Singaporean architect Chang Yong Ter established his firm, Chang Architects, in 2000. Upon finishing his A-Levels at Secondary School, he enrolled in the School of Architecture at the National University of Singapore and after graduation, apprenticed with Mr Tang Guan Bee for several years before starting his own independent practice. Over the course of his career he has received a number of awards for his work, including; The International Property Award in the Best Architecture Single Residence category, a Gold Medal in the ARCASIA Architecture Awards, acknowledged as one of the outstanding “20 Under 45” Young Architects in Singapore by the URA and Design of the Year (2013) for his project ‘Lucky Shophouse’. Yong Ter bases his work on the relationship between the user and nature, emphasising the idea that architecture “can enhance living, in a grounded comfortable way” and as a rule, “needs to connect to the emotions and feelings of the people.”

Lucky Shophouse

Built in the 1920s, the ‘Lucky Shophouse’ is indicative of the unique building type of Singapore and Southeast Asia. Combining a residential space above a shop, shophouses were constructed between the 1840s and the 1960s, and at one time formed the majority of the urban landscape of the old Singapore city centre. Moving forward to the present day, they have become a valued heritage space and as is the case with the ‘Lucky Shophouse’, are being preserved to combine modern comfort with vernacular origins. The front of the building has been stripped back to its original façade to meet with conservation requirements, while the inside has been opened up to reveal the now carefully restored brick walls, timber rafters and floor joists. Embracing the idea of openness, the house utilises large windows to allow natural sunlight, long corridors to promote ventilation and interaction with the outdoor garden, a space that allows for shade and privacy for the residents and neighbours. The ‘Lucky Shophouse’ demonstrates the possibility of adapting tropical vernacular architecture to integrate with modern lifestyle choices, whilst still encompassing interconnected social spaces and low energy consumption ideals.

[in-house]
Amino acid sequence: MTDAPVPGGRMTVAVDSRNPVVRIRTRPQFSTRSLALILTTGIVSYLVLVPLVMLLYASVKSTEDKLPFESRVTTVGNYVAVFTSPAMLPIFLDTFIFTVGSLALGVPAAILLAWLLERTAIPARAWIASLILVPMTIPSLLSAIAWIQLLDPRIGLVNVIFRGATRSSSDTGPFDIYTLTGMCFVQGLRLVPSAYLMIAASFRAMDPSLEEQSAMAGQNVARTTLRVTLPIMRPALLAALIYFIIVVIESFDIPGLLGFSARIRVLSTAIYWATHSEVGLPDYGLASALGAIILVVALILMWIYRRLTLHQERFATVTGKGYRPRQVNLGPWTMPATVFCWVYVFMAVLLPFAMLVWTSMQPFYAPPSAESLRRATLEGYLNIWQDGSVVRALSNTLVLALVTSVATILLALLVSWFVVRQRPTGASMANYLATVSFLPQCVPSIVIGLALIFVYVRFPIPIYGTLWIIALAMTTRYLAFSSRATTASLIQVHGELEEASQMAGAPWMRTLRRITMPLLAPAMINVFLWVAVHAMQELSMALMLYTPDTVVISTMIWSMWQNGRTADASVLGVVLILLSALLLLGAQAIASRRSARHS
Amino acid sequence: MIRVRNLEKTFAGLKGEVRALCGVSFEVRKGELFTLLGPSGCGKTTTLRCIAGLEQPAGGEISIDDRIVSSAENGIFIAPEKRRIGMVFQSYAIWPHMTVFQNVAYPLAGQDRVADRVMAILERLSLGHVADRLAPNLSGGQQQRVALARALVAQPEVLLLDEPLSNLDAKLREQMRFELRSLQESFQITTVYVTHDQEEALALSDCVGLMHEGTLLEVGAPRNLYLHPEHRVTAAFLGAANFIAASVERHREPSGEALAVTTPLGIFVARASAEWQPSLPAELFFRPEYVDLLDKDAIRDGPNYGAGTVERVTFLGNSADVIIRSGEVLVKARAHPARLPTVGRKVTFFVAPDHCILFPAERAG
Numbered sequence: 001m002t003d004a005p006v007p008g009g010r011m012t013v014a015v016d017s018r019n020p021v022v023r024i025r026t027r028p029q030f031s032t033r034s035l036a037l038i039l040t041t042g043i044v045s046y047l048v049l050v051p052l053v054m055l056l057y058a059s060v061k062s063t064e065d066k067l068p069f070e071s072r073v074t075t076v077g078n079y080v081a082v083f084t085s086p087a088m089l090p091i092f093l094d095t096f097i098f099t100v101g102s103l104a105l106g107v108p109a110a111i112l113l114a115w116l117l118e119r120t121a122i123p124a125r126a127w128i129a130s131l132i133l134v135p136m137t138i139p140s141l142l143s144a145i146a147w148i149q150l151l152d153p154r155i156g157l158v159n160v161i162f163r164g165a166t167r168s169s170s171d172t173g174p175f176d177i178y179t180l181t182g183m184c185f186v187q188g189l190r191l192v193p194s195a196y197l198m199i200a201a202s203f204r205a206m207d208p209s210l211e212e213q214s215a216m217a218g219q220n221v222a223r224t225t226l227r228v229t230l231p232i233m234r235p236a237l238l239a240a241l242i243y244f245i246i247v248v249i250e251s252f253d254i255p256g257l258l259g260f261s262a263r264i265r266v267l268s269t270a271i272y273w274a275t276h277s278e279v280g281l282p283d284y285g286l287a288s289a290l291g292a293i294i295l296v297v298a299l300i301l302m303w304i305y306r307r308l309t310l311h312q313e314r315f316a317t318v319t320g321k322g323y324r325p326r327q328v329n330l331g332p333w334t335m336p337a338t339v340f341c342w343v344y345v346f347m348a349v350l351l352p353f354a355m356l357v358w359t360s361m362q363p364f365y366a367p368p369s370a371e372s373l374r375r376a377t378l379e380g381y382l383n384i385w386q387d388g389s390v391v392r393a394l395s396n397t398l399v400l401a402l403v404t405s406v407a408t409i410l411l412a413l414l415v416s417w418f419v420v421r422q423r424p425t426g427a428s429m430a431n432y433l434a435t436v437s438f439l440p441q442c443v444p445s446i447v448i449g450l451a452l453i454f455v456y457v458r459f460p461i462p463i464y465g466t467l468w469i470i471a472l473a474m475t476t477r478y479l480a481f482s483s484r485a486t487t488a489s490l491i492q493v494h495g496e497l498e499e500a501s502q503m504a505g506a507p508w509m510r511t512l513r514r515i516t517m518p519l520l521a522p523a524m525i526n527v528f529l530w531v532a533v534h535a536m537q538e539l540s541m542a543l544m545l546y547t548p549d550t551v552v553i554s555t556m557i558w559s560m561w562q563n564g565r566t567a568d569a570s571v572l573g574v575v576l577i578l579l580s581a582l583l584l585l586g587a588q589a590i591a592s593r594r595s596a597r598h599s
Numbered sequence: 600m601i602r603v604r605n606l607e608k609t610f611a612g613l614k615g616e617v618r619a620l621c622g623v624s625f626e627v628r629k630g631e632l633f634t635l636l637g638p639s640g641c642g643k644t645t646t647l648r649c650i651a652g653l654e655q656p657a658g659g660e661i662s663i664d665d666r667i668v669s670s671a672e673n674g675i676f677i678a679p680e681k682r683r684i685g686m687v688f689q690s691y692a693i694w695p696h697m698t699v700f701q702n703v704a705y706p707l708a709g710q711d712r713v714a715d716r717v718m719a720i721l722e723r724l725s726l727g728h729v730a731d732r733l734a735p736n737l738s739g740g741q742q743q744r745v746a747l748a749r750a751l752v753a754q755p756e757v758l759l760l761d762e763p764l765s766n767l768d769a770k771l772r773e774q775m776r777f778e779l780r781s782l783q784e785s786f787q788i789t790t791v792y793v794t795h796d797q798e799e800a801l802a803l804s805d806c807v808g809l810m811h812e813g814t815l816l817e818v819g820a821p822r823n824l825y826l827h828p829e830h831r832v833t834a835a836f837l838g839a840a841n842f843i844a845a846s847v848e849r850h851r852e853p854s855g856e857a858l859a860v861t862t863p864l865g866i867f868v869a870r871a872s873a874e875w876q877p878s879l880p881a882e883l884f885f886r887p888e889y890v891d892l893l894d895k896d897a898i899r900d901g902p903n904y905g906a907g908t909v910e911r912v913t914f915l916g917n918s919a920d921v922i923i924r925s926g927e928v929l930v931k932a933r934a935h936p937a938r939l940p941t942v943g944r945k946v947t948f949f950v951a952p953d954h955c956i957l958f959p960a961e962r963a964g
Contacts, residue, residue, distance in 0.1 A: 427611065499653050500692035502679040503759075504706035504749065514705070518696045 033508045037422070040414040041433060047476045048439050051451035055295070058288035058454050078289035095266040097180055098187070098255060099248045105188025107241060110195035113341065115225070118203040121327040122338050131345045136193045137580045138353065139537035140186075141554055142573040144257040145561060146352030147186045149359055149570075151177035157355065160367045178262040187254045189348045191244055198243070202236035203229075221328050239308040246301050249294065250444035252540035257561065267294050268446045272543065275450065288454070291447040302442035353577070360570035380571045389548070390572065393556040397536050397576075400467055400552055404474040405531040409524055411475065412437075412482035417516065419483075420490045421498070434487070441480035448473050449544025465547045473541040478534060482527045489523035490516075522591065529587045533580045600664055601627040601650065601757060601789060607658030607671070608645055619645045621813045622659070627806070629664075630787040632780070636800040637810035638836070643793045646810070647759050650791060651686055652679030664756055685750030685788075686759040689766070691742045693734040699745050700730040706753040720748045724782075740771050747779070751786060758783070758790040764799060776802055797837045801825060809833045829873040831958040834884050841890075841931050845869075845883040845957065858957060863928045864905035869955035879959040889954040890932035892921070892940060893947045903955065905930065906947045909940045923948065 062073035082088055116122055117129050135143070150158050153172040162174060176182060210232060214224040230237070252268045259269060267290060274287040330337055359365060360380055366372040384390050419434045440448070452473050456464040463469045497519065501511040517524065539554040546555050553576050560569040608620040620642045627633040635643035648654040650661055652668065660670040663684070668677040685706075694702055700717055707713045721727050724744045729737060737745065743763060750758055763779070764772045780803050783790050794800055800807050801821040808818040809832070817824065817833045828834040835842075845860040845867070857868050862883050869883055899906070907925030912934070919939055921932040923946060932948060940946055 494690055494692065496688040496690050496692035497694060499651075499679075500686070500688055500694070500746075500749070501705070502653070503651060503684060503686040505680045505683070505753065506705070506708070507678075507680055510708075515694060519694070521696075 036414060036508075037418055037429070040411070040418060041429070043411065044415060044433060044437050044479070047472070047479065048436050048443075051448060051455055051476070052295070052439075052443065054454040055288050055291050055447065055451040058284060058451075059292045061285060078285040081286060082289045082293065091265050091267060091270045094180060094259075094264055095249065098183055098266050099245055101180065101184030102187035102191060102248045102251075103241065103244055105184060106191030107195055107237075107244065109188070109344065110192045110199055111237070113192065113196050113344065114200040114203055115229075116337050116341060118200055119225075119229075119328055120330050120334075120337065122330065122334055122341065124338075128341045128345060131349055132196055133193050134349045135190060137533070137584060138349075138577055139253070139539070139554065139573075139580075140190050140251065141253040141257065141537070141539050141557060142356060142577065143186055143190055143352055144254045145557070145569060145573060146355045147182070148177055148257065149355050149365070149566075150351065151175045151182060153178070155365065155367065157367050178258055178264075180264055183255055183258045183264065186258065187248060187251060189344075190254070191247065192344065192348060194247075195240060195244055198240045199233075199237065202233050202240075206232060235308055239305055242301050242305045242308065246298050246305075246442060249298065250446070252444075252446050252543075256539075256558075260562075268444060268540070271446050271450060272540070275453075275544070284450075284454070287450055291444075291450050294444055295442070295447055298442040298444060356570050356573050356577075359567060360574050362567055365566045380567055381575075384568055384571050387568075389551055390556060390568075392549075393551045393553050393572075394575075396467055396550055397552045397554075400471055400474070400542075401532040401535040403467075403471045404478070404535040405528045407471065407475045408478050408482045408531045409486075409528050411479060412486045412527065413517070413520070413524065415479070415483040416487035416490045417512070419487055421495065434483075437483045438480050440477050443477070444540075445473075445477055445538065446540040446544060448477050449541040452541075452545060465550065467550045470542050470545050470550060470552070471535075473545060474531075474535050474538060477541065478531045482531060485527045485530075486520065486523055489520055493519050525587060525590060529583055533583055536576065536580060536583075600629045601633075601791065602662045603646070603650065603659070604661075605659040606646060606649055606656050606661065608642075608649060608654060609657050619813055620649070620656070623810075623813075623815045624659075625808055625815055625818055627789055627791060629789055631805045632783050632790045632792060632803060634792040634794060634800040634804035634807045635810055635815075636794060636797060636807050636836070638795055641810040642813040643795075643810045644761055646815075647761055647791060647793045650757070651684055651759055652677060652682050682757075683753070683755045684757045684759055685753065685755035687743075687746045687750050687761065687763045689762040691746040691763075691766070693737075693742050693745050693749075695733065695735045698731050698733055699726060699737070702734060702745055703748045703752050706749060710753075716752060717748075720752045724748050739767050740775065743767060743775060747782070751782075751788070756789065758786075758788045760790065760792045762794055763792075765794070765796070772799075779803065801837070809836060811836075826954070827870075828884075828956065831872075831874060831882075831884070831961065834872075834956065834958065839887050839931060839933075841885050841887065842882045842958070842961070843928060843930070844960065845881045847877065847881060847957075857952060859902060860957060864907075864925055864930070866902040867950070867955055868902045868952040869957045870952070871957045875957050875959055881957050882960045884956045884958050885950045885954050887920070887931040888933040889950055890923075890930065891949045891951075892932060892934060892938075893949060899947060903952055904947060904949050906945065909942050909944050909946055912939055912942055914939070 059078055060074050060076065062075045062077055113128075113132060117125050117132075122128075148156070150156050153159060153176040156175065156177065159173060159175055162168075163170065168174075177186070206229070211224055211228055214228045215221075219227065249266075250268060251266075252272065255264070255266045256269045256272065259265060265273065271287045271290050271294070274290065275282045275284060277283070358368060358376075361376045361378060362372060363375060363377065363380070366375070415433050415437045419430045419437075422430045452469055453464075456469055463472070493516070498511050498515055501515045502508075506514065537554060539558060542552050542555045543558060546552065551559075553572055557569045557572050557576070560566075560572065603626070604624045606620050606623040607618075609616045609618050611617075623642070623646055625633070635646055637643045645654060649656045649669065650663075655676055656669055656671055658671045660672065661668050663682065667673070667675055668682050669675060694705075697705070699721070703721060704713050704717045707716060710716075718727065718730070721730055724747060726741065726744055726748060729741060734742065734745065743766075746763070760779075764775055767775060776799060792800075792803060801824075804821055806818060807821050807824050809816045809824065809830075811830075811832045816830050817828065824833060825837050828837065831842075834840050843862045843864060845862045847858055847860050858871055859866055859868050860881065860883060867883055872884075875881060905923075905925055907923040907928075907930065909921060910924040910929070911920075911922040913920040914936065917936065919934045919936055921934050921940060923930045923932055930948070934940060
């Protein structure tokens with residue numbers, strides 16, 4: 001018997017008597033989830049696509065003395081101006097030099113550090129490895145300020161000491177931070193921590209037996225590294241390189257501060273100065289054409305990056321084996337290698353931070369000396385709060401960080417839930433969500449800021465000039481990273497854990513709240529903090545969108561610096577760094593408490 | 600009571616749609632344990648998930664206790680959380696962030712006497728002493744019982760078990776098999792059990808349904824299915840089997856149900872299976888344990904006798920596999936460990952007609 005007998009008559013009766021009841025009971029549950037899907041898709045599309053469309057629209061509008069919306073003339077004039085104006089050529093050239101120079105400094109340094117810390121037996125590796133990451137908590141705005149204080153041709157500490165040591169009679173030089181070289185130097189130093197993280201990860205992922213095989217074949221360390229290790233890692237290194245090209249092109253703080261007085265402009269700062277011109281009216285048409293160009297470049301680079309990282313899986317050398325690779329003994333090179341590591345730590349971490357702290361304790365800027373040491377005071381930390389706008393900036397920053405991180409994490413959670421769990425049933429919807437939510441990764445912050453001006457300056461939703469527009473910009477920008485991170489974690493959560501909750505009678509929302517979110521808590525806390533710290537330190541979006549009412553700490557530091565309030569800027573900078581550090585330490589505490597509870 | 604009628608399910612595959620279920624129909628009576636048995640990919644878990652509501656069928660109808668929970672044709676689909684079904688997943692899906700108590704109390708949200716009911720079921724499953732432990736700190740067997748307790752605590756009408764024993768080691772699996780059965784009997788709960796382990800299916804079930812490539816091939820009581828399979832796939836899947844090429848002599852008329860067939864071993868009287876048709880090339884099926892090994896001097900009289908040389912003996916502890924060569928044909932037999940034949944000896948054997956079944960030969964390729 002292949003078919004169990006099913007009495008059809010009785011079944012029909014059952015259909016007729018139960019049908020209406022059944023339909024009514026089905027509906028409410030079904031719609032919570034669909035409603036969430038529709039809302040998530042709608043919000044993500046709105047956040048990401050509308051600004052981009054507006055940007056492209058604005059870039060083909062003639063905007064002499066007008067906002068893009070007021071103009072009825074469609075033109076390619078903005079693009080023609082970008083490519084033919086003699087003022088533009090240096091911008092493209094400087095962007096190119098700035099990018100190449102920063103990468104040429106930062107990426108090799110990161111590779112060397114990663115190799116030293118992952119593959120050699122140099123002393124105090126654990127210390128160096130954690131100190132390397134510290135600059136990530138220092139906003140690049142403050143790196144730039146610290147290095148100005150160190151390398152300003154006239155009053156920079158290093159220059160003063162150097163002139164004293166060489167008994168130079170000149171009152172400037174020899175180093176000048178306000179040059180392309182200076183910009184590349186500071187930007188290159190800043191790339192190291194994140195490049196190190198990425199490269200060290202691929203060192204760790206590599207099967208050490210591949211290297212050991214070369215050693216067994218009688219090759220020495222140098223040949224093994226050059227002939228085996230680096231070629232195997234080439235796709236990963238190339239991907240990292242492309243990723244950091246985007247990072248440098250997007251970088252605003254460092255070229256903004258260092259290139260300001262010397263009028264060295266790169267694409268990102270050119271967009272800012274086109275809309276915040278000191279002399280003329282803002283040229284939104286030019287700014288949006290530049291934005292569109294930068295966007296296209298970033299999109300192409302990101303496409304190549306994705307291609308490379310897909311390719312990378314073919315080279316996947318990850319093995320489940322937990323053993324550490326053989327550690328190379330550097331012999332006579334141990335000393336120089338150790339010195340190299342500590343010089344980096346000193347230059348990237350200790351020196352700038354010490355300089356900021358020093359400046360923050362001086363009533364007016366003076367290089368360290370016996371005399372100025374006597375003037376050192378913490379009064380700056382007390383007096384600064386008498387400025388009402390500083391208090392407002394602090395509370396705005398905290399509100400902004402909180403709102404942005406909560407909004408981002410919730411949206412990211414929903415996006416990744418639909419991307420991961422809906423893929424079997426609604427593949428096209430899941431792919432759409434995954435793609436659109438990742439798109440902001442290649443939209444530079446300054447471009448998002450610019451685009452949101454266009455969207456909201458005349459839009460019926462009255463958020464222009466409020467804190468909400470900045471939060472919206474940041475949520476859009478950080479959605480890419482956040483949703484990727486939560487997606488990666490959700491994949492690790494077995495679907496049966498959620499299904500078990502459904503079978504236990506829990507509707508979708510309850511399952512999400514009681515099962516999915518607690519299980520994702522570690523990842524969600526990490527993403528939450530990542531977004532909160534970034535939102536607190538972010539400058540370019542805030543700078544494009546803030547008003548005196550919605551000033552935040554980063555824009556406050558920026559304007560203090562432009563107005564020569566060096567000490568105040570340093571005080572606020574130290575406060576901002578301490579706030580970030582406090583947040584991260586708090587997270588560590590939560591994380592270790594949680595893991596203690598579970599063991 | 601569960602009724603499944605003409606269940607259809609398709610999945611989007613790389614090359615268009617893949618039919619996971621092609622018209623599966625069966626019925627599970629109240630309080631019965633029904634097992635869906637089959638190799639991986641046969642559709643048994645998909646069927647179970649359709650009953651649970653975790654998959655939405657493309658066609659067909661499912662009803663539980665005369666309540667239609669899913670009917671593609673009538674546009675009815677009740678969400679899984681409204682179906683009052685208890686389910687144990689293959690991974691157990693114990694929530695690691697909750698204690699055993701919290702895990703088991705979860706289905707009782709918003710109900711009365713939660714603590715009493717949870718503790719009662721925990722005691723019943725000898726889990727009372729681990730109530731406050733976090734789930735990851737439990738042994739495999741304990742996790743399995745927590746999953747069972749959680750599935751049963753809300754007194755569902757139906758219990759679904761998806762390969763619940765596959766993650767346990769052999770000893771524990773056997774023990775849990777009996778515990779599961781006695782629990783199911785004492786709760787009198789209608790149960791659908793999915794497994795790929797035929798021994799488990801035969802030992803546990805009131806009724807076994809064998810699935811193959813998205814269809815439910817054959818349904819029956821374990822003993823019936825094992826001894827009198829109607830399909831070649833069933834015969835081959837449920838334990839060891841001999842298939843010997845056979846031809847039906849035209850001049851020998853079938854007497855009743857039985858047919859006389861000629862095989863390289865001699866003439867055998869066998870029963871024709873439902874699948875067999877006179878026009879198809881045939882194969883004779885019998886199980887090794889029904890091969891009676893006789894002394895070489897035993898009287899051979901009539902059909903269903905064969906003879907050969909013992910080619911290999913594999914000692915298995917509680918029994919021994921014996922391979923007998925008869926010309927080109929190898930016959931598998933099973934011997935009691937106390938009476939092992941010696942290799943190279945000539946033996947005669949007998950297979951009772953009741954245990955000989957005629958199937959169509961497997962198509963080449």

Elok House

Located just behind Orchard Road, the Elok House combines concrete, glass, timber and steel in conjunction with natural elements such as plants, trees and water courses – creating a living forest in the middle of the city. With a request by the owners to have at least 40% of the house made up of landscape elements, Chang Architects designed a space that does exactly that. Natural light saturates the house during the day, whilst the green walls and pond ensure the house is kept cool and the open spaces encourage ample cross ventilation. Several trees have been planted throughout the house, and a number of walls have been converted to vertical gardens, a feature that is irrigated through collected rainwater from the ponds within the living room. “Each living space has views to open spaces giving a feeling of airiness, but they are separated with the use of the atrium, planters and difference in heights leading to a feeling of privacy.” Such a design has reduced the need for air conditioning and artificial lighting dramatically, highlighting the idea that passive measures in modern tropical abodes can be sustained in the right conditions. The buildings own microclimate has provided the residents with a tropical green oasis, blurring lines between the traditional modern concept of indoor and outdoor space.

 

Image References